Since my liver transplant in 1991, I’ve been taking one drug to keep me alive. The drug is called cyclosporine. It is an immunosuppressant drug. For thsoe who are not medically incline, cyclosporine lowers my immune system. Since my body treats the liver as a foriegn host and will try to attack it, cyclosporine lowers my immune system and body thus able to accept the liver. It is quite amazing when we think about it. This drug is created from a fungus. How did the scientist figured that out, I had no idea. With three little pills, the size of M&Ms (but definitely not taste like M&Ms!), twice a day, it keeps me alive.
When I tell people about my medication, those who are in the medical profession will often be amazed that as a transplant recipient, I am taking only one drug. Transplant recipients often have a cocktail of medications to boost their immune system to keep them healthy. The first year after my transplant, I would take a whole bunch of pills and liquids. Yet, sometimes, someone will ask me what are the side affects of taking cyclopsorine. I would tell them in the most serious tune, ‘yes, there are some major side affects. I am alive. It is not easy to ‘live’ with this but I finally get use to it.’
With all joking aside, not taking cyclosporine, my body will attack my liver and Cliff will see Jesus very soon. Thus, this is important for me to take it every 12 hours to make sure there is a good cyclosporine level in my blood.
Ever since Wai Jia and I were married (one and a half years ago), I often wondered why she never made the effort to remind me to take my cyclosporine. After all, she’s a medical doctor, she should know all the 101 side affects of NOT taking cyclosporine. Doesn’t she care? It never really bothered me but sometimes I just wonder.
Then a few days ago, I had a revelation. Wai Jia is also taking some medication as well (not cyclosporine, thankfully. This drug is already expensive for one person!). As I reflected upon this, I realized I rarely made an effort to remind her to take her medication.
So the whole thing turned around. I realized that by asking how come she doesn’t care, I am actually looking at a mirror and asking myself, do I really care her?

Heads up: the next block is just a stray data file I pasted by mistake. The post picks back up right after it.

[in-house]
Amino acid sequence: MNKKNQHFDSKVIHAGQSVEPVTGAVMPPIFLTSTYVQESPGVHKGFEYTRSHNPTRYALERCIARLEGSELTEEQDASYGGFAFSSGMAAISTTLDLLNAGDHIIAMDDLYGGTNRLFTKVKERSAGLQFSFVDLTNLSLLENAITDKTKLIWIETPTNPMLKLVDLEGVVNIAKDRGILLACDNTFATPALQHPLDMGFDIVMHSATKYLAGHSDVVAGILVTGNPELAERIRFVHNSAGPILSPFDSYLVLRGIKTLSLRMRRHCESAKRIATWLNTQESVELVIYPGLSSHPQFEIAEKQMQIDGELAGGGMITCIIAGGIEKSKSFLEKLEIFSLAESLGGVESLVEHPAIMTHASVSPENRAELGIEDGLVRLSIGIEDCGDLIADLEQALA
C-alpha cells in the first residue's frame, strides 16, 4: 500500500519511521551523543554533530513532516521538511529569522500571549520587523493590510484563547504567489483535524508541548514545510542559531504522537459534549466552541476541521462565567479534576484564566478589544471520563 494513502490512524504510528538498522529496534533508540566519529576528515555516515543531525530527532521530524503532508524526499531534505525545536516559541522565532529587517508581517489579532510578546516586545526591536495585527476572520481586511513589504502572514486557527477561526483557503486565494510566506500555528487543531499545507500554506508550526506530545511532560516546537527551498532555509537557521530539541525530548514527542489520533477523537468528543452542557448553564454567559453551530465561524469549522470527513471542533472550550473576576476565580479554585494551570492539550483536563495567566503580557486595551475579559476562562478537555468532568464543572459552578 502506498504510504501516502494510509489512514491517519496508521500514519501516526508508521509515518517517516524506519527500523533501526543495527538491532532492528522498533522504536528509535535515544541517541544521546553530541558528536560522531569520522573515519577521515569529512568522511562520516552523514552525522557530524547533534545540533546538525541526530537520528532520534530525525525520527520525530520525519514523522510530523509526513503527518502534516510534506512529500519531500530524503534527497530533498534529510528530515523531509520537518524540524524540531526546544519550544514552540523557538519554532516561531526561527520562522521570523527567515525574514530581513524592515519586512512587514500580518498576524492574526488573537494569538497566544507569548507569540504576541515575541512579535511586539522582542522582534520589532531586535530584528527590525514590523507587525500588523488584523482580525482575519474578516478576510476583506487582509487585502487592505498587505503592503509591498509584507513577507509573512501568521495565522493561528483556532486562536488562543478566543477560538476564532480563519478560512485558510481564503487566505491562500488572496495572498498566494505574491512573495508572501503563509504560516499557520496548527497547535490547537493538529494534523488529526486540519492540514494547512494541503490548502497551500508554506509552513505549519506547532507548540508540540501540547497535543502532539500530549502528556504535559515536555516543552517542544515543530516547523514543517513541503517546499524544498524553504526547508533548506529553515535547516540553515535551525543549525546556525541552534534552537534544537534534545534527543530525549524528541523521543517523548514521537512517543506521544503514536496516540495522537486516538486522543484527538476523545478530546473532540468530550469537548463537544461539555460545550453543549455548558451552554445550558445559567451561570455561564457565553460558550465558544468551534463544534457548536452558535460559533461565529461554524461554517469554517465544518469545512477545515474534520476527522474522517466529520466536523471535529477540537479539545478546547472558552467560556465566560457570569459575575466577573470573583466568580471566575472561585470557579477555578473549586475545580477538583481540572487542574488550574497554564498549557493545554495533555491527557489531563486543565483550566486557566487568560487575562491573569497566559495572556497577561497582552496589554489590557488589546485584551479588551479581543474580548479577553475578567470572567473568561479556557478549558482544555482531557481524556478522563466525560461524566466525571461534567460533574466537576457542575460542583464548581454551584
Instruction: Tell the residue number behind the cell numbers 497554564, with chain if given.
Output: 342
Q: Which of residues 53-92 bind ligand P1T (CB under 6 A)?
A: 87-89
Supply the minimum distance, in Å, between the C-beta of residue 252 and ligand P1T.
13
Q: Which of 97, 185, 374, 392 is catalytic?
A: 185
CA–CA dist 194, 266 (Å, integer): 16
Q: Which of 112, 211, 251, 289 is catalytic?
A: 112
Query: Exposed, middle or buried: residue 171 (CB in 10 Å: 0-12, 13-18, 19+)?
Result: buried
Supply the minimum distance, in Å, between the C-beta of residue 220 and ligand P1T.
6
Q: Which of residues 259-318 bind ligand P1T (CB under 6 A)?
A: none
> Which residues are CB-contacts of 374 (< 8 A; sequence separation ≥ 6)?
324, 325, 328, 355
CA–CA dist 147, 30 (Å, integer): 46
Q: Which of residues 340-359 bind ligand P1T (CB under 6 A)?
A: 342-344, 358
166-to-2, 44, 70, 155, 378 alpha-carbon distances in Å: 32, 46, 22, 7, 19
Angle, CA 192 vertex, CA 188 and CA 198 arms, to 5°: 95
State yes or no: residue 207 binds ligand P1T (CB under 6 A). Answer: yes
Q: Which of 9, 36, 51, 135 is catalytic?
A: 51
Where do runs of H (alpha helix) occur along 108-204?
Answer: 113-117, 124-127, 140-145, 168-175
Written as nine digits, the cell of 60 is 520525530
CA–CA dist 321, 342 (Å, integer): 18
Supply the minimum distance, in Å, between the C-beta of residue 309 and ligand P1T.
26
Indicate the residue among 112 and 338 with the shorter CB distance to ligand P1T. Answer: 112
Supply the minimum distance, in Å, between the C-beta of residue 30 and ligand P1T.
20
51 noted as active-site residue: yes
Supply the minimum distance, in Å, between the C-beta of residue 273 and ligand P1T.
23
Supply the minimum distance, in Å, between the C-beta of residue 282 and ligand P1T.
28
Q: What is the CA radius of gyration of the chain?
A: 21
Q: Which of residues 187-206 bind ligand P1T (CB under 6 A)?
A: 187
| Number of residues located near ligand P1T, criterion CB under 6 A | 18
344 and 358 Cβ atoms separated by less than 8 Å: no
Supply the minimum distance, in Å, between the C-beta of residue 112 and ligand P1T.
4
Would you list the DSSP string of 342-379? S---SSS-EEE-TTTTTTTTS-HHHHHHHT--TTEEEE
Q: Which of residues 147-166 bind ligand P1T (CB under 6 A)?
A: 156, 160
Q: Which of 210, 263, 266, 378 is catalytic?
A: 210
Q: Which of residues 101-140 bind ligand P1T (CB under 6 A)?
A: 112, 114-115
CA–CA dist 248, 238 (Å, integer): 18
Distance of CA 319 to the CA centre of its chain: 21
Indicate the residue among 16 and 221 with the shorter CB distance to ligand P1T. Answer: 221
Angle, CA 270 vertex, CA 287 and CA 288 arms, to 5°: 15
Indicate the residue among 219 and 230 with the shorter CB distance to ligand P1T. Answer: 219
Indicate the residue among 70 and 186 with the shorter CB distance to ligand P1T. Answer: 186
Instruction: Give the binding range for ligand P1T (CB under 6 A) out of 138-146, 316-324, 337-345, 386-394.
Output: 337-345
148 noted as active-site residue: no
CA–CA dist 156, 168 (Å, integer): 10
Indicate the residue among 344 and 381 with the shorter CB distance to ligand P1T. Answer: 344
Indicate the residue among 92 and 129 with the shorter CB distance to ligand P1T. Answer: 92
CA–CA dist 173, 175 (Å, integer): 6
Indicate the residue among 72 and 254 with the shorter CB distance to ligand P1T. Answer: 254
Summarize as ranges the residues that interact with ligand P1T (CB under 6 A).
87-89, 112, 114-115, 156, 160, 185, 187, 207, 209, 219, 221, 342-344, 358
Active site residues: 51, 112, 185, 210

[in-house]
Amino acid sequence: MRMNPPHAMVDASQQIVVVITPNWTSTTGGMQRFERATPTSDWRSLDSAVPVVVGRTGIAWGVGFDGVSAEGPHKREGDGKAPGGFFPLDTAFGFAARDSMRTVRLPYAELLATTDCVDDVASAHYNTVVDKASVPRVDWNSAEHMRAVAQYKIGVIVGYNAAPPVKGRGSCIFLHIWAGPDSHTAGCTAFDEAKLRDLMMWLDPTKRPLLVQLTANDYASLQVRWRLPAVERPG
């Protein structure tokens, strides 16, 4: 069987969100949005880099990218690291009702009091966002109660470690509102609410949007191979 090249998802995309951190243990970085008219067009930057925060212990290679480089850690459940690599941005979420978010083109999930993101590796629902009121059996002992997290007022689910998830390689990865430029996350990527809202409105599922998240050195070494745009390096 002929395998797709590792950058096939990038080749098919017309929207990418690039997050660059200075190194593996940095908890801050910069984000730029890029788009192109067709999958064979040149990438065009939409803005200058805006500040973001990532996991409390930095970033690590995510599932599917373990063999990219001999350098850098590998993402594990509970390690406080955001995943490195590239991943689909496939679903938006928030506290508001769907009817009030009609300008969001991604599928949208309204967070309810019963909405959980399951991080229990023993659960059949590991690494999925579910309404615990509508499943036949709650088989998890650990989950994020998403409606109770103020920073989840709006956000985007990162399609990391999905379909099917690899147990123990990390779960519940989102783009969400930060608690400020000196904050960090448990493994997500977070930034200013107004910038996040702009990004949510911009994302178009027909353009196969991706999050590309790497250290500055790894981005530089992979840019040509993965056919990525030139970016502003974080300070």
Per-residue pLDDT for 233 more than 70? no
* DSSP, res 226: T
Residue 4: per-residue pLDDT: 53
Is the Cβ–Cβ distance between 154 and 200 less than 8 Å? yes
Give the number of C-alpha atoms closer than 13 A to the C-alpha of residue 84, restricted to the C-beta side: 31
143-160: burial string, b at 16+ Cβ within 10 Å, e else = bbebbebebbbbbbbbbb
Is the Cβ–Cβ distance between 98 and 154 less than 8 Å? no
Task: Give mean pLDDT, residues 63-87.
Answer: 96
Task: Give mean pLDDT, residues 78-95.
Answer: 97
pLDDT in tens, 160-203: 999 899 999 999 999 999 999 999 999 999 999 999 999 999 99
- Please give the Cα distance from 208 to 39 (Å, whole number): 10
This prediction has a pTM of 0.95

Over the weekend, we went to the church’s Marriage Preparation Course (MPC) to give a testimony as to how the course helped us as a couple (which for all those who are about to get married, definitely consider taking a MPC. It helped Wai Jia and my marriage.) I am once reminded something a trainer said in my MPC. He said that we are actually very selfish people. In our own mind, we have a perception of who that person should be to us when we are married. We will consciously (and unconsciously) force that person to fit that mould in our head.
As Christians, we often talk about agape. Agape is a Greek word that means sacrificial love. That’s the word we use to describe Jesus dying on the cross for us. It is a love that costs one person something for the sake of another person. With marriage, we often use the same word to describe how we treat our spouse. In fact for Wai Jia’s engagement ring, I etched agape on it.
Reminding me to take medication in the whole scheme of things is very small. I’ve been doing this for twenty years. It is like breathing to me. However, it reminded me how self-centre I still am and there’s still a way for me to learn to love sacrifically.
Last night, I shared my relevation with Wai Jia. She said that she purposely chose not to remind me because she doesn’t want to nag me (like my mom. I will be honest. I don’t like my mom nagging me but I know she does it out of good intention!). So for her, by loving me, choose not to remind me to take my medication.